The Brownie No. 2 Model F is a box roll film camera that was manufactured by Eastman Kodak in Rochester, NY. The Kodak Brownie No. 2 was made between 1901-1933, and the Model F was introduced in 1924. The Brownie name was derived from a series of popular cartoons called "The Brownies" created by Palmer Cox. Kodak marketed the cameras heavily towards children, but their ease of use and affordability allowed the Brownie to have mass market appeal.
Kodak's Brownie box camera is often credited with popularizing low cost photography and introducing the concept of a snapshot. It's simple design allowed the shooter to hold the camera waist height, aim and turn a switch to take the photograph. The cameras were also relatively small and lightweight (5.5x3x4'' and 13 oz.) making them portable and convenient. With a price tag of approximately $2.00, photography was no longer reserved for professional photographers. The Kodak Brownie No. 2 allowed photography to be accessible by almost everyone.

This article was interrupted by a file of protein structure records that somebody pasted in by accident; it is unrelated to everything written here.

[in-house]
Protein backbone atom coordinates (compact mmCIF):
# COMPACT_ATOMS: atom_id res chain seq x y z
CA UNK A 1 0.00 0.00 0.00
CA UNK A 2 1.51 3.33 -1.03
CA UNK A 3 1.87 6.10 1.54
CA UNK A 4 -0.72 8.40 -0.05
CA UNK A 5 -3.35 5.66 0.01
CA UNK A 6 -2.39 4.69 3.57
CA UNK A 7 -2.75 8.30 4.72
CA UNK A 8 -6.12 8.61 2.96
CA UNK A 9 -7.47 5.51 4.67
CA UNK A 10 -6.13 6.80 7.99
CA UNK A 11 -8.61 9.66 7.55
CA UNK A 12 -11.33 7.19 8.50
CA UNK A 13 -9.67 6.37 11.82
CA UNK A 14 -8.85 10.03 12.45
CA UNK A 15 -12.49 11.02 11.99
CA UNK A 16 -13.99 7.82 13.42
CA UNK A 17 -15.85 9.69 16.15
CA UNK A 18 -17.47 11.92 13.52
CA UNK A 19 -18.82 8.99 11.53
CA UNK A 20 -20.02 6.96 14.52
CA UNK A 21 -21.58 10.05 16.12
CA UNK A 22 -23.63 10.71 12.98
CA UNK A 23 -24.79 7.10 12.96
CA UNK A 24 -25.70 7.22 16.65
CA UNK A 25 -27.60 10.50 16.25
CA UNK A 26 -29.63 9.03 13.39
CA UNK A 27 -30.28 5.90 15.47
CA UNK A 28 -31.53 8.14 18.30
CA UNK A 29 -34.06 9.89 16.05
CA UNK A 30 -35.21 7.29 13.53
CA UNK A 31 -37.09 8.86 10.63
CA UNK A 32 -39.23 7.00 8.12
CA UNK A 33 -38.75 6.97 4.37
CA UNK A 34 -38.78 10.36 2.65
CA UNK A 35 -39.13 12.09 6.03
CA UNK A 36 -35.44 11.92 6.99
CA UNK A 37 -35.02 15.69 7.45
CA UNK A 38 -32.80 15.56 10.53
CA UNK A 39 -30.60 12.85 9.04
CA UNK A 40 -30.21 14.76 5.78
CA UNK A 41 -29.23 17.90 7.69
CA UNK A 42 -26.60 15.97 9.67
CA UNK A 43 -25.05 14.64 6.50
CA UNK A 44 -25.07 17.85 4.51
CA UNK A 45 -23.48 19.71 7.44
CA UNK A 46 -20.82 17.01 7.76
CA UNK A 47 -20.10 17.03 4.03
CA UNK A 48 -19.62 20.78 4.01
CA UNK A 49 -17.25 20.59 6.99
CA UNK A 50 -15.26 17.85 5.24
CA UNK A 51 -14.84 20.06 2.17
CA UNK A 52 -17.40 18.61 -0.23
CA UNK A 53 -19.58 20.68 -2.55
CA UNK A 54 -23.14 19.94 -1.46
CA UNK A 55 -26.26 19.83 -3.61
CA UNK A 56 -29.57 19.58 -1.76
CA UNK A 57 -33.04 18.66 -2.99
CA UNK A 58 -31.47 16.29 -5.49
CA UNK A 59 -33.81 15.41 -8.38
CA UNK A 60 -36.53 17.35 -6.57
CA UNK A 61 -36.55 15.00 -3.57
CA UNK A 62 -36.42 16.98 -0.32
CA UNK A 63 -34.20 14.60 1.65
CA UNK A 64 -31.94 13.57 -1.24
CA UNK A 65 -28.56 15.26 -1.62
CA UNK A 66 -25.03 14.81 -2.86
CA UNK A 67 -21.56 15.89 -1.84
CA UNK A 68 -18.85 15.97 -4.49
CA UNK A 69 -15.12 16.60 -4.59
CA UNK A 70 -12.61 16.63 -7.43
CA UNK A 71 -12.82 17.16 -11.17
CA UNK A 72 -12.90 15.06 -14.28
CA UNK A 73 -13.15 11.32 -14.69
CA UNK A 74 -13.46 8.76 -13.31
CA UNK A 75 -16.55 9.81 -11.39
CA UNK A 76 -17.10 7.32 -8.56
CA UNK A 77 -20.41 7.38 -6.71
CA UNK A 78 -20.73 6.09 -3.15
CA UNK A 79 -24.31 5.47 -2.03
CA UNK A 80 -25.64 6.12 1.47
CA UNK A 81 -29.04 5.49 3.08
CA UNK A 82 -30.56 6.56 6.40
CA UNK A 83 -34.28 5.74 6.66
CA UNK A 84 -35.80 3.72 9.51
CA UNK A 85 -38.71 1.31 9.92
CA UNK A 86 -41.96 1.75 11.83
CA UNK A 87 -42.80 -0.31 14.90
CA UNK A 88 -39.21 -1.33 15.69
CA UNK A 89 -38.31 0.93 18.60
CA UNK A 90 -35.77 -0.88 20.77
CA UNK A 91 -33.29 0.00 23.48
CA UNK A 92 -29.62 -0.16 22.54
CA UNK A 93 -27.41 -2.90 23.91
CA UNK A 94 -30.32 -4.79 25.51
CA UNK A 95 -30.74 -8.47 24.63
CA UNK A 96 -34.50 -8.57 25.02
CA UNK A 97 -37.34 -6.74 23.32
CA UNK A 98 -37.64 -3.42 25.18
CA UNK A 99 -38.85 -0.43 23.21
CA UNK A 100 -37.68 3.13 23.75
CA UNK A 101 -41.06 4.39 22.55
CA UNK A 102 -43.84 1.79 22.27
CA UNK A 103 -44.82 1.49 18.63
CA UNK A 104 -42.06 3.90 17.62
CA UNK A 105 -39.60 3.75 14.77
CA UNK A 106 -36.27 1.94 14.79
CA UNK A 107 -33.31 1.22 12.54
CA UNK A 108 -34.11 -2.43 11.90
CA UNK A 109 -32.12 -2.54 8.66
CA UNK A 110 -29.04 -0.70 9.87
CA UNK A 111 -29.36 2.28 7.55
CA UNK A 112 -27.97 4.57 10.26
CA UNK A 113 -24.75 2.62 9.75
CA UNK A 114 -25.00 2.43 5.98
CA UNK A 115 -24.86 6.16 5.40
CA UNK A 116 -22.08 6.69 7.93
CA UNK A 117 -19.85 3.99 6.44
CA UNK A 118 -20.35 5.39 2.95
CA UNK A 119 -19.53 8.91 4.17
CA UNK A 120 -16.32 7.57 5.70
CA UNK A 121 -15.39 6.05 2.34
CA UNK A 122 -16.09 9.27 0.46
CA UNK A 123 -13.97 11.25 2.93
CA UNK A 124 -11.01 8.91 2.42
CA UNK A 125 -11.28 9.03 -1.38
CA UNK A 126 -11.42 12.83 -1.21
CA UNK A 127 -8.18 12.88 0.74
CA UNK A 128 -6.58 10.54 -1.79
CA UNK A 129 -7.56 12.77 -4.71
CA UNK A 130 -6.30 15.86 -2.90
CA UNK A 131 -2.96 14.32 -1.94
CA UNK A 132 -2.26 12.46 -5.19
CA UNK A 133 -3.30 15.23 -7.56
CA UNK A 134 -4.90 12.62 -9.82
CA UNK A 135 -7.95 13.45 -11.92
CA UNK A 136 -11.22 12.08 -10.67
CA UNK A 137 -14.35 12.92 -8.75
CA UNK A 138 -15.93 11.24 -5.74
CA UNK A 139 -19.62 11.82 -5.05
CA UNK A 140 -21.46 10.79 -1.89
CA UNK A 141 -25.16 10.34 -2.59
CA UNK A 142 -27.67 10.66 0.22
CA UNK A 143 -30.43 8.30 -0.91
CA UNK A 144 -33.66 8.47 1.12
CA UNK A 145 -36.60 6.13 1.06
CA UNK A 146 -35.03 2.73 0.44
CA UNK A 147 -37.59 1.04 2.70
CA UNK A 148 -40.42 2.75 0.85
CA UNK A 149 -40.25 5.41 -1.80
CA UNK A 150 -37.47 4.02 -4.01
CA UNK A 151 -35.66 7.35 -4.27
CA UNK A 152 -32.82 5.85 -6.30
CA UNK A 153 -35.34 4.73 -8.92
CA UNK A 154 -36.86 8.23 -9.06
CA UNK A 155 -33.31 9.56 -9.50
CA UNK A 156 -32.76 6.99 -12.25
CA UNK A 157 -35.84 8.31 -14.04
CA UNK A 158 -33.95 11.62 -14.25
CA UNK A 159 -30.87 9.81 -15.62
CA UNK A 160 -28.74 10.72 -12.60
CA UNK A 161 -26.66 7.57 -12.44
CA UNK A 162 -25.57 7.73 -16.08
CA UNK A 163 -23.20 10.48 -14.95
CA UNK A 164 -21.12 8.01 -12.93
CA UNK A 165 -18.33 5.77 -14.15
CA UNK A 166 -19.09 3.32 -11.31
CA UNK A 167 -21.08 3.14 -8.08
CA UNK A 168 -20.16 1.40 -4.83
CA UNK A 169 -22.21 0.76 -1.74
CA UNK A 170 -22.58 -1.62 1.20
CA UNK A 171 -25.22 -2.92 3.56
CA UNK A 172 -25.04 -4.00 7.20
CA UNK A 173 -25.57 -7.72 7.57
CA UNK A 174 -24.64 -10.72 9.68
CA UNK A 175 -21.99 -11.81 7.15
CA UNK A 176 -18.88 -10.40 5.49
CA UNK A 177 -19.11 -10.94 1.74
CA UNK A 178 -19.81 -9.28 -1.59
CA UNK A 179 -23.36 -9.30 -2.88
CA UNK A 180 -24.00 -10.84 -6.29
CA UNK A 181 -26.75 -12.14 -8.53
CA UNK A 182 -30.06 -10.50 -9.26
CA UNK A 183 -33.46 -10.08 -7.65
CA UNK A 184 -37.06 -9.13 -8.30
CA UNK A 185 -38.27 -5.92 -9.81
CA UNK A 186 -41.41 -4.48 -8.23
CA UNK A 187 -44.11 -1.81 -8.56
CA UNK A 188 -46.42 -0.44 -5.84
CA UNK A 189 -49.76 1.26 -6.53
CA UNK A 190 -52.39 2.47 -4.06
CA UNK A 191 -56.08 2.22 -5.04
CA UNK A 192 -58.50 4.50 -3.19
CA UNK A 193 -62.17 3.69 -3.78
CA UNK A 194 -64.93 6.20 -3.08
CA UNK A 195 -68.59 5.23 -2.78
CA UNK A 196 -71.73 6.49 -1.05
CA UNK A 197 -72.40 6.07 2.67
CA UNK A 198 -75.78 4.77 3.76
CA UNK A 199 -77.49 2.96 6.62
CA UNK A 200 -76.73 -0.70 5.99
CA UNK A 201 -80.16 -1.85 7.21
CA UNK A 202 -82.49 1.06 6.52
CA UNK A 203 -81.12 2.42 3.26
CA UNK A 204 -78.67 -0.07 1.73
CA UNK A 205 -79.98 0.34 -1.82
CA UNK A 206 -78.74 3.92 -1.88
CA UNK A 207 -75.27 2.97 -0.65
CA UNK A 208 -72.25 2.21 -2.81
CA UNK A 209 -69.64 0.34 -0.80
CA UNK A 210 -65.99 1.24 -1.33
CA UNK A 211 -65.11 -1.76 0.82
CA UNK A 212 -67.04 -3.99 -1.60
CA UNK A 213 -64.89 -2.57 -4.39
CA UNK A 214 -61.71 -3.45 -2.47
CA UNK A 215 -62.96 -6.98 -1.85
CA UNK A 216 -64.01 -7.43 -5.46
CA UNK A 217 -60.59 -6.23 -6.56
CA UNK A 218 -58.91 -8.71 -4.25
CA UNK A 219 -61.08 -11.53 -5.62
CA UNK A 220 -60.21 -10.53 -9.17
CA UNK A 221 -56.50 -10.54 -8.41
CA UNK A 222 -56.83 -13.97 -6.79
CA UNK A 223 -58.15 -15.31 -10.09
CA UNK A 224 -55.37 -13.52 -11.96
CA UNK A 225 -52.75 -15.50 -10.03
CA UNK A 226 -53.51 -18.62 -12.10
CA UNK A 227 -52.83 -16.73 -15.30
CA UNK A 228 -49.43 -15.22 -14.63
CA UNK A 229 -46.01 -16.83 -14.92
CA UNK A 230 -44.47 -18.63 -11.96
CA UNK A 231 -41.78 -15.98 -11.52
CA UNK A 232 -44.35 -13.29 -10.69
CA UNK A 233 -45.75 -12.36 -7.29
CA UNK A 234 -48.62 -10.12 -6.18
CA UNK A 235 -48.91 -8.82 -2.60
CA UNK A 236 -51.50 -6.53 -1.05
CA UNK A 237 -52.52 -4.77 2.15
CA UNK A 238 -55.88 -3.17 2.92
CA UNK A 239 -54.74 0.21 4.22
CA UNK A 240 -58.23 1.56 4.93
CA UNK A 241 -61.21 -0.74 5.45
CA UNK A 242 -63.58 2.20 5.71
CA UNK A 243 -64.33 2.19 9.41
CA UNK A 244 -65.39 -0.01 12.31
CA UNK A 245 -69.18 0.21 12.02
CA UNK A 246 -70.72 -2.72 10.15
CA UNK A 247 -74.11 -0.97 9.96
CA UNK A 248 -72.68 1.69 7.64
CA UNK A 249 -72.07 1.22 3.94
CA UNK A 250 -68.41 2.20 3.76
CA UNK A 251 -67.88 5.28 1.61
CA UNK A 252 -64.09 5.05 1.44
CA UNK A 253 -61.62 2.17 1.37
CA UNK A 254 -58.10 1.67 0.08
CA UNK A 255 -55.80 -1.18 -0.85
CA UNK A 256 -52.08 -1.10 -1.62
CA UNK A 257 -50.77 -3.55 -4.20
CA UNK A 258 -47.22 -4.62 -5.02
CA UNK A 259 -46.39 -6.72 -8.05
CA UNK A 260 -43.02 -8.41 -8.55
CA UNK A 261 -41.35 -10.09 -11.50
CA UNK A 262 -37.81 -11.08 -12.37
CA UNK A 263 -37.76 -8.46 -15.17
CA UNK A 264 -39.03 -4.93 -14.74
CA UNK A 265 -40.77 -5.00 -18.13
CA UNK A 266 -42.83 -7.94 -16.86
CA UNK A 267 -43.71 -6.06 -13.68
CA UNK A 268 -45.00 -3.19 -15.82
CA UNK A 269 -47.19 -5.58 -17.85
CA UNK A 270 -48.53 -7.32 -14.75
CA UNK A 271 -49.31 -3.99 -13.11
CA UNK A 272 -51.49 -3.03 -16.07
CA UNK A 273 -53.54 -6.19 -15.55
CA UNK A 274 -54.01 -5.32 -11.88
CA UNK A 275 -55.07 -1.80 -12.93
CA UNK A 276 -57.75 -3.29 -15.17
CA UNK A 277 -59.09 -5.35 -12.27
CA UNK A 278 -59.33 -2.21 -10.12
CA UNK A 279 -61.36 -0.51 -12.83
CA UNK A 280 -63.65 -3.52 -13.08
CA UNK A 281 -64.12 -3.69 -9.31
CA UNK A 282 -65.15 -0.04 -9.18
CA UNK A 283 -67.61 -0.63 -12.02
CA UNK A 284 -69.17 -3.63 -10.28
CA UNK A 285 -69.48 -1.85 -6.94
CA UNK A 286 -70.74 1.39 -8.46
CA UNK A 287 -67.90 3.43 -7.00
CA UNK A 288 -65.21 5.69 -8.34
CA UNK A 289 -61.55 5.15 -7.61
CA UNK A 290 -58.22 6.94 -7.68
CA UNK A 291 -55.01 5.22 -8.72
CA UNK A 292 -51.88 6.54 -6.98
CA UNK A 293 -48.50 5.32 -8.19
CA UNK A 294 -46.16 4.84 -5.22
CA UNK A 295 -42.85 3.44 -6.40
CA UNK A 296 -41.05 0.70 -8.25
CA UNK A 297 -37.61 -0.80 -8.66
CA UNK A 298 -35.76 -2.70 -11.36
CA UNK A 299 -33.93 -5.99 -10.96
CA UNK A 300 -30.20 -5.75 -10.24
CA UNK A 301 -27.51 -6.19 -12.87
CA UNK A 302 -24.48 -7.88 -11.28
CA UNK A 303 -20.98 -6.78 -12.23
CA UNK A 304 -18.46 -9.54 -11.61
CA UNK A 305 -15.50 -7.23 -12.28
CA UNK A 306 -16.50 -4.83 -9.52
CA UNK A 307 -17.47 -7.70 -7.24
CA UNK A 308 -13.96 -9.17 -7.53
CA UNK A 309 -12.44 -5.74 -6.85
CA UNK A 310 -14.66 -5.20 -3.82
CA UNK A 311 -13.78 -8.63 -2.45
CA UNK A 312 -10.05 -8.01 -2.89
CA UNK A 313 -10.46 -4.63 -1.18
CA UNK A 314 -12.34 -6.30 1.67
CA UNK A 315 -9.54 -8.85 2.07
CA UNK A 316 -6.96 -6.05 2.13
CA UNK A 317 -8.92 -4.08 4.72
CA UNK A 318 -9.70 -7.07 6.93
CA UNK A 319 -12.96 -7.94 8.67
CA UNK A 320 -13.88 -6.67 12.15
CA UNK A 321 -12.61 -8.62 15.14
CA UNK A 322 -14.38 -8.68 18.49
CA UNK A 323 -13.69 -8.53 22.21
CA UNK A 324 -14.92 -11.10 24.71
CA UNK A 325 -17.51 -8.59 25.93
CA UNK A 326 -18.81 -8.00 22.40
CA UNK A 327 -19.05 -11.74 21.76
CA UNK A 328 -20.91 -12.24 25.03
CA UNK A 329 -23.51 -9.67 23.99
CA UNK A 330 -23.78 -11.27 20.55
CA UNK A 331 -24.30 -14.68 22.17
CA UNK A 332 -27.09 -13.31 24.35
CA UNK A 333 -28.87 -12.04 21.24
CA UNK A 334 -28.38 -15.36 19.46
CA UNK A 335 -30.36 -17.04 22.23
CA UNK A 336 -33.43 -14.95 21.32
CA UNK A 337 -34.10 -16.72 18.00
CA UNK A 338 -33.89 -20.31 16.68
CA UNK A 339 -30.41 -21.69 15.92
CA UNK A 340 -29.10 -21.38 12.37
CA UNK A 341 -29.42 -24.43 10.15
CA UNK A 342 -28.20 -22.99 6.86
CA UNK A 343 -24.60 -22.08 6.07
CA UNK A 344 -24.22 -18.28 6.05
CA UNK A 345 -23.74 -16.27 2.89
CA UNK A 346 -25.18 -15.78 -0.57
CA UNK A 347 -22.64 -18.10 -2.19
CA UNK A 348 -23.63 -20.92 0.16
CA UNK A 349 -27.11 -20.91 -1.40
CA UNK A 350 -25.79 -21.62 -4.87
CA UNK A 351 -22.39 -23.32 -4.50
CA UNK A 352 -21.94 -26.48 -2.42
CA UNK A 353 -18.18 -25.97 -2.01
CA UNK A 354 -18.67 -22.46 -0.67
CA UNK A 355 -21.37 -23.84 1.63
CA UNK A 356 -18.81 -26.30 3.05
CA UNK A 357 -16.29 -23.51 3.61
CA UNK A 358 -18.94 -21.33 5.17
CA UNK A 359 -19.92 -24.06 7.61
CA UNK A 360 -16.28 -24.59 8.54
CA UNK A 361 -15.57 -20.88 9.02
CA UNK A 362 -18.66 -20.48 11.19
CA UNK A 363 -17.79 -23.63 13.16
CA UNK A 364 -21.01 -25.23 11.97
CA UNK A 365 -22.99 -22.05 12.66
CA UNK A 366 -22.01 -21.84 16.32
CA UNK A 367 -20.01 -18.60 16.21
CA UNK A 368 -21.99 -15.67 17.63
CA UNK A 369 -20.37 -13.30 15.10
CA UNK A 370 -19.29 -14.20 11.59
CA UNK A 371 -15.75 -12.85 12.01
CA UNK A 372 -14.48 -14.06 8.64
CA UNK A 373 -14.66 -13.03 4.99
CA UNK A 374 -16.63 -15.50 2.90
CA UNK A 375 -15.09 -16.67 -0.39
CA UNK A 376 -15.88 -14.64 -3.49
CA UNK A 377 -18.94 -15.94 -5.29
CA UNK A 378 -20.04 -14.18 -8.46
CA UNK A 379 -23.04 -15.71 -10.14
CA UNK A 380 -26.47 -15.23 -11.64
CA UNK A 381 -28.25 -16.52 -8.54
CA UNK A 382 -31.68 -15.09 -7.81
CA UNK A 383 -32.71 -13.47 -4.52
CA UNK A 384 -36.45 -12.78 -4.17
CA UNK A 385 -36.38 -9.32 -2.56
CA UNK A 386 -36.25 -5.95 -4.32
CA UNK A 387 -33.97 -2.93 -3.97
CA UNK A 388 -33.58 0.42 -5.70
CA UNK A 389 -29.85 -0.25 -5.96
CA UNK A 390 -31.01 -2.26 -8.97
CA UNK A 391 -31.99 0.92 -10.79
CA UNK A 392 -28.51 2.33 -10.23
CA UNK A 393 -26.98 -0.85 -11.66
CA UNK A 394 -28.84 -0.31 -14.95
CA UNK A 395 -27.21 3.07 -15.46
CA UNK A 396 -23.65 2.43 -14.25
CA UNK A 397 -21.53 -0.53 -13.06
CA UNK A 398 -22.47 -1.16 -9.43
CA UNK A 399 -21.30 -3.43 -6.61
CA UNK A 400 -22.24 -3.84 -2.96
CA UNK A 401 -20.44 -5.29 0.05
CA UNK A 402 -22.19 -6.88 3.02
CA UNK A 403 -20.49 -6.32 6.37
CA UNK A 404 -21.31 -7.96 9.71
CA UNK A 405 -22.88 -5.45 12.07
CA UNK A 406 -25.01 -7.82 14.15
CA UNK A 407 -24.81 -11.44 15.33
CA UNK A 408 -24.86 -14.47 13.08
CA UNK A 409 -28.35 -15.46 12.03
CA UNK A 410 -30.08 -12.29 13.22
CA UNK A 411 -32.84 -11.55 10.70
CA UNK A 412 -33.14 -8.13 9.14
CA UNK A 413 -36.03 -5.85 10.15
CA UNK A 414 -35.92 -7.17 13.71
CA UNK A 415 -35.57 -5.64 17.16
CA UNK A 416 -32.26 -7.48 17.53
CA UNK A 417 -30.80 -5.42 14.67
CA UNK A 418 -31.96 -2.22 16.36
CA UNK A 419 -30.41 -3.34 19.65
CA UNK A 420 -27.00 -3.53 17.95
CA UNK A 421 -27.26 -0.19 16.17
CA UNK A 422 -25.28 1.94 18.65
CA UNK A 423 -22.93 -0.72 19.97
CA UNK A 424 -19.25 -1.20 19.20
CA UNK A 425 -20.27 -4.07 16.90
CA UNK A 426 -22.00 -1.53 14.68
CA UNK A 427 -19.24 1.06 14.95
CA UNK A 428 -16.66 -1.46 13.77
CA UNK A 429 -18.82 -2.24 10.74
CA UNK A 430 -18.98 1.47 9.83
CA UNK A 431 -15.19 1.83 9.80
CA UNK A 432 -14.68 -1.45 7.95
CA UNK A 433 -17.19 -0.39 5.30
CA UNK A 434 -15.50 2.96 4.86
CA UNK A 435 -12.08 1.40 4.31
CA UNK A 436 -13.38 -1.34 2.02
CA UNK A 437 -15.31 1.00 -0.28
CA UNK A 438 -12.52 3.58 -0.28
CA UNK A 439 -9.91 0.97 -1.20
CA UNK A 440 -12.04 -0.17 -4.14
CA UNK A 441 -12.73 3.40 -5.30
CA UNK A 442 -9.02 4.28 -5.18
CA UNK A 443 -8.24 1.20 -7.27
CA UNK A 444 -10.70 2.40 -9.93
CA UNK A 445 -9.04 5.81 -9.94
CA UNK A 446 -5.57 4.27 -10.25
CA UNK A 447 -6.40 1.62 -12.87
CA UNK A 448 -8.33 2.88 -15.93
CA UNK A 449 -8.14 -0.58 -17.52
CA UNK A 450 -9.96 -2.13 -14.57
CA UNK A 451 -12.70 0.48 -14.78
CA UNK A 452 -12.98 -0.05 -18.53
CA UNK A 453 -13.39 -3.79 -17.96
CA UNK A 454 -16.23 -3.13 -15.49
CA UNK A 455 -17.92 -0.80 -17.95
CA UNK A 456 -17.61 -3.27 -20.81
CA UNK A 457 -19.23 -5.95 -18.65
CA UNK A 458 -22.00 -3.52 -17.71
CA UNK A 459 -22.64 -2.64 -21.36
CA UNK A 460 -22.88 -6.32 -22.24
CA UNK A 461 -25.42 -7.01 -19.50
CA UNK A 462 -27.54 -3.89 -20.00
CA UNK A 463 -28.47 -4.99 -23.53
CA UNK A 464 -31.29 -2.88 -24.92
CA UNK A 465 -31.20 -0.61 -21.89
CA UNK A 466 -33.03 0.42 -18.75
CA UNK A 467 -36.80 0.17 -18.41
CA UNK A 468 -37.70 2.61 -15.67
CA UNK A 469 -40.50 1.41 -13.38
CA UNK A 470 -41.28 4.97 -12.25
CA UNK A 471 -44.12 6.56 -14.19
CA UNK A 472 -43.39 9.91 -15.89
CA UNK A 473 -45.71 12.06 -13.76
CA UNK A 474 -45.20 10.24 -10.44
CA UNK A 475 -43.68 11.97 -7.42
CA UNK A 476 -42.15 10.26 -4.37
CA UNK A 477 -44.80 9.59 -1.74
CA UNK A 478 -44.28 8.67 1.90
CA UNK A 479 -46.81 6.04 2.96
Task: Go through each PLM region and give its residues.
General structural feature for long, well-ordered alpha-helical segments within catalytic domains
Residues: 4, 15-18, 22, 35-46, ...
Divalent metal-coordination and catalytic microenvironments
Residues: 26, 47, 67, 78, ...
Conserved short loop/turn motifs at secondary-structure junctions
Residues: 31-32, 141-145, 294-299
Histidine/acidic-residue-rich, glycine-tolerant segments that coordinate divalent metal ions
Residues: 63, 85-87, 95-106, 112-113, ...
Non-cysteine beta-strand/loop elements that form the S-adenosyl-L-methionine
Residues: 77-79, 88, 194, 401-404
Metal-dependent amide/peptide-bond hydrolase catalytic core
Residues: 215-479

The Kodak Brownie No. 2 features a simple box design with a Meniscus lens and rotary shutter. The Model F is unique because it has a leatherette covered aluminum frame, replacing many versions made of cardboard. As a result, the Model F was more durable than many previous models. The Model F is also significant because it was the first to use 120 roll film, taking six 2.25x3.25'' exposures without reloading. The camera also features dual finders that allow the shooter to take portrait or landscape photos by changing the orientation of the camera. The Kodak Brownie No. 2 Model F is a neat part of photographic history and a nice collectible camera.
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